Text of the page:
We are in the house of the film composer John du Pre, and the musicians are temporarily headquartered on an assortment of camp beds upstairs, partly because Du Pre is planning to use extracts of their music in his soundtrack for Fierce Creatures, the sequel to A Fish Called Wanda. In addition, they are touring Europe - Womad this weekend and the Queen Elizabeth Hall on Monday. And they have a new record out, but this is where things start to get confusing, not least for the British music press. Joujouka Black Eyes, just released, is, according to July's Mojo magazine, the new record from Bachir's group. But mention of this record to Bachir Attar brings snorts of indignation and much use of terms like "impostor" "rip off" and "hustler". Bachir Attar's Master Musicians of Jajouka's (sic, Bachir Attar claims the change of spelling is irrelevant) record is the re-release by Point Music of the original Joujouka record Brian Jones Presents etc. Of course, mention this project to people associated with Joujouka Black Eyes, and you'll get symmetrically indignant accusations of sharp dealing and skulduggery.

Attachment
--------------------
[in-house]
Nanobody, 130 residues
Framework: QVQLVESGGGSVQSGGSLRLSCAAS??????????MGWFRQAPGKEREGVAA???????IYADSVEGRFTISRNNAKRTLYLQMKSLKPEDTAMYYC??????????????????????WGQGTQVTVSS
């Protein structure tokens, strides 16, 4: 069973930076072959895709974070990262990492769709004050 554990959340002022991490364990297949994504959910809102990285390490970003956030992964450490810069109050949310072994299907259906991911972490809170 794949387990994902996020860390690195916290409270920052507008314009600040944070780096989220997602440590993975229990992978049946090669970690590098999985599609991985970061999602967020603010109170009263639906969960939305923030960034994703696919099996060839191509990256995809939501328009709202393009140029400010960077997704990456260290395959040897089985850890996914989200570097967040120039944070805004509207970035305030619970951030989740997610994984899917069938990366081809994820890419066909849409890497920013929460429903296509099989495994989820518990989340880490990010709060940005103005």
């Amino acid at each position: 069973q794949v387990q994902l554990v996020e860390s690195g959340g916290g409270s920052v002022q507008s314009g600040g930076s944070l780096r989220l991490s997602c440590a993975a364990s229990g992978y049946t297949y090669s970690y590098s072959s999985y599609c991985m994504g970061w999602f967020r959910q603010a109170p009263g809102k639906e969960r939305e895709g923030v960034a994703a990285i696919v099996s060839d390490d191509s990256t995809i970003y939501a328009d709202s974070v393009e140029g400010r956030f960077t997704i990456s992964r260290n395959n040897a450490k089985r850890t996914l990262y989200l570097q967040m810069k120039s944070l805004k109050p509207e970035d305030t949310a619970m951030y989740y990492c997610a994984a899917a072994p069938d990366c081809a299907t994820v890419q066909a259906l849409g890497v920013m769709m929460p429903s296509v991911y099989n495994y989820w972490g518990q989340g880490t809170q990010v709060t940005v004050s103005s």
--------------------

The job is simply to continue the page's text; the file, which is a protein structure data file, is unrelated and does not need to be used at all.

The two recordings feature the same instruments - ghita flutes and assorted drums - but are rather different in feel. Joujouka Black Eyes, recorded by an Irish musician named Frank Rynne in Joujouka during a lengthy stay this winter, is relatively restrained, with gentle solo passages, whereas The Pipes of Pan recording captures the wild blast of the full-spate Boujouloudia goat-god rituals which inspired so much purple prose from the beats. "Women... scream with throats open to the gullet, lolling tongues around their empty heads... More and No more and No! More! Pipes crack in your head," wrote Brion Gysin, and it's true Joujouka at times resembles nothing so much as a Scottish regimental pipe band running amok on a mixture of amphetamine sulphate, Special Brew and helium. ("How did you play at the 1001 Knights?" I asked Berdouz, trying to imagine Tangier socialites nibbling pastela aux pigeonneaux against such fiendish muzak. "After they'd finished eating," was the reply.)